Another week, another chance to showcase to the world that, when it comes to some of the more acclaimed musicians in the world, I have a lot to learn… because, like last week with Led Zeppelin, this post marks the first time I am listening to a David Bowie album.
I think that it is impossible to indulge in any popular culture and not to have come across David Bowie. He is a recurring feature of the BBC shows Life on Mars and Ashes to Ashes, he did guest vocals on the title track of Reflektor by Arcade Fire, he contributed to the soundtrack of Moulin Rouge! and, of course, was a bit near the knuckle as the Goblin King in Labyrinth.
The thing is, on the first of four albums in the Top 250 (that may change next year since the lowest place is precariously perched on the barrier) I have already heard a number of the songs just from use in television and film; I had a similar feeling when I first gave London Calling a spin. I mean, there can not be many people over the age of ten that have not heard either ‘Life on Mars?’ or ‘Changes’.
What I was able to appreciate the most about this album is that Bowie never seems to rest on one type of music for too long. ‘Oh! You Pretty Things’ even changes halfway through from just Bowie and a piano to a something a bit larger. ‘Queen Bitch’, a tribute to Lou Reed and The Velvet Underground, delves more into the sort of music I would expect from The Clash and is especially glam compared to the remainder of the album. Then there is ‘Andy Warhol’, my least liked track on the album. As a track on the album it’s not that it feels out of place with the repeating melody of the guitar but it just feels like a dip in quality. This is especially after ‘Kooks’ which, now knowing it was written for his newly-born son, is especially sweet and poignant.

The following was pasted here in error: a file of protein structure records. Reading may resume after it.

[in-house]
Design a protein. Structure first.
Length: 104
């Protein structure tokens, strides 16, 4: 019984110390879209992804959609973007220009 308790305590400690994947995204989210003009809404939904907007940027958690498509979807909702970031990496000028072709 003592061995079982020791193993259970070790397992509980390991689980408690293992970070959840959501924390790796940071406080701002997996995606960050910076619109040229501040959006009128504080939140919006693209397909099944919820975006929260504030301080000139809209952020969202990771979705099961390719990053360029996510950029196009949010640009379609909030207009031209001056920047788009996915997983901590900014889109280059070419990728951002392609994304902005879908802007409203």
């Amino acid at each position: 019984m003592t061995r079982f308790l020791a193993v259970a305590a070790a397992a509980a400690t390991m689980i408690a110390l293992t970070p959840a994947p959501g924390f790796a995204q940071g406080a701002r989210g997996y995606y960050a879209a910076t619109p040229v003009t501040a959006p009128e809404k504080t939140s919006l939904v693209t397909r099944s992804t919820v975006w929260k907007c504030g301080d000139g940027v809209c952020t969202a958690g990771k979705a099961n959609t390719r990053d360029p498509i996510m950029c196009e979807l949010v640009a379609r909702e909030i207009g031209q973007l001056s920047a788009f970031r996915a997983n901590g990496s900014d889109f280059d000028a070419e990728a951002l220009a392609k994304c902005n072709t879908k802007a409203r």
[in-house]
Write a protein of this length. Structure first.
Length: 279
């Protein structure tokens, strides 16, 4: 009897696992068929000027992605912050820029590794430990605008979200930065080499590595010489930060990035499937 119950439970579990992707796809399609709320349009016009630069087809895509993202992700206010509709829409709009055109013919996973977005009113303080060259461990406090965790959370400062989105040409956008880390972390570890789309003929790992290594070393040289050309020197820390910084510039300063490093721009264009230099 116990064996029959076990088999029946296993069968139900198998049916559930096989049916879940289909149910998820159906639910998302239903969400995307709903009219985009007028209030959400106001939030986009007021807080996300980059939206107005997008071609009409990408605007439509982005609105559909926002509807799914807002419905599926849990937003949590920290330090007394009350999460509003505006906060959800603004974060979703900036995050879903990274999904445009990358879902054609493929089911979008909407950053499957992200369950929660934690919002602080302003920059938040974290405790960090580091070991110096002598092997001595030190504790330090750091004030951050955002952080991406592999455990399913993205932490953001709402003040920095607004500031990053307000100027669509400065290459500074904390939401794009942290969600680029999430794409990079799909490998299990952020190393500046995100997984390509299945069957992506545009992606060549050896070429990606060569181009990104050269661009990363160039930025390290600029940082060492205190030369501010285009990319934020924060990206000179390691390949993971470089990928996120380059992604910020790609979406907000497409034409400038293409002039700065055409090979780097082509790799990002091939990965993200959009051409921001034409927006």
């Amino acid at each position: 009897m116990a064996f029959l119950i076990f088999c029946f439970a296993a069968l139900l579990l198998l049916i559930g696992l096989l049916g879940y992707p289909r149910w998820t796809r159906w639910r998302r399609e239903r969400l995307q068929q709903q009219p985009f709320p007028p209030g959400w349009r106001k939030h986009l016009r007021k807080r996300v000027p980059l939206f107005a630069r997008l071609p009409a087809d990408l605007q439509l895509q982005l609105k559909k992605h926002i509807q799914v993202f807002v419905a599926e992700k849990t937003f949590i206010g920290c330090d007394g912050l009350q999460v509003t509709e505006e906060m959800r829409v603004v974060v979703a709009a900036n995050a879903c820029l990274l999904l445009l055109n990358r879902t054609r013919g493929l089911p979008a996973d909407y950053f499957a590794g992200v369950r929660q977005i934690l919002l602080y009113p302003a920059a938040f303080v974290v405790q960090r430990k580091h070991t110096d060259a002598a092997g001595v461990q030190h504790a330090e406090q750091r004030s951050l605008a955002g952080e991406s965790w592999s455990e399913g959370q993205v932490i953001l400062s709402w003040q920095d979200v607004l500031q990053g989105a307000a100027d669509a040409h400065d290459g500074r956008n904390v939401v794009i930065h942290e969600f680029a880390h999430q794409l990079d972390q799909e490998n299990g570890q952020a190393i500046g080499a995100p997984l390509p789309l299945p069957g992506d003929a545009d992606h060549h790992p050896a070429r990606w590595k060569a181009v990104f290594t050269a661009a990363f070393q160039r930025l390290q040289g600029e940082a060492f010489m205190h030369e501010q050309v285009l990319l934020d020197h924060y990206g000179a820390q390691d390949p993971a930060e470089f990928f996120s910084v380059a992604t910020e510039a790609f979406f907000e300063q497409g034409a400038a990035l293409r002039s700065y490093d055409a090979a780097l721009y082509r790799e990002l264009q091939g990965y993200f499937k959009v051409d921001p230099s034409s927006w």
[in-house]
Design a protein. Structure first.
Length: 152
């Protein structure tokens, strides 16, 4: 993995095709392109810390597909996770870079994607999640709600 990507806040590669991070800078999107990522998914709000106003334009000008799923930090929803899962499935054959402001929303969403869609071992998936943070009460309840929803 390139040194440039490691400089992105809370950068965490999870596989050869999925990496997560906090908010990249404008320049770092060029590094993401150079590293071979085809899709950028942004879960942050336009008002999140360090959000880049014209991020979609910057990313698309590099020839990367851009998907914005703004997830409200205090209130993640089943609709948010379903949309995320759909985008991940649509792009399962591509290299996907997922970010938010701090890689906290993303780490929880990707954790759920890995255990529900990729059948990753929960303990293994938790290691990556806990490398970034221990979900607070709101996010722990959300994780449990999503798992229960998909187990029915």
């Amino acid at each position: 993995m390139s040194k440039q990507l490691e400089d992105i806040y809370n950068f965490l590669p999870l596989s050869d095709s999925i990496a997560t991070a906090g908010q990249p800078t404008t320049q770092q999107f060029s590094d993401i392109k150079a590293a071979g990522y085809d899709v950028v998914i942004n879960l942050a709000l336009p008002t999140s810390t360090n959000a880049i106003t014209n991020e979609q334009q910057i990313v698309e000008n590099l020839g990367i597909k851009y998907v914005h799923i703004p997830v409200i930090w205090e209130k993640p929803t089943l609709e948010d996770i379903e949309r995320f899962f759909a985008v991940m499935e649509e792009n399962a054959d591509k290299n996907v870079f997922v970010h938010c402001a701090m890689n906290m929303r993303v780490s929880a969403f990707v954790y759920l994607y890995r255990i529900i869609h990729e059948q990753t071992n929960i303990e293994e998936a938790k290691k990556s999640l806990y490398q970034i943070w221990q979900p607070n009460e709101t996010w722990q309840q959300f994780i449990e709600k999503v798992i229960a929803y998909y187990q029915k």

The fact of the matter is that aside from ‘Kooks’ (which I do really like), the stand-out tracks are the two most known ones; ‘Changes’ and ‘Life on Mars?’. ‘Life on Mars?’ is especially so because my love of the TV show of the same name. It builds to a big finish and I have no clue what the lyrics actually mean; it’s great.
Will I listen to Hunky Dory in my own time? I probably will do if I am feeling in the mood during a work day. It has enough to keep my listening to it alongside my more regular pop music.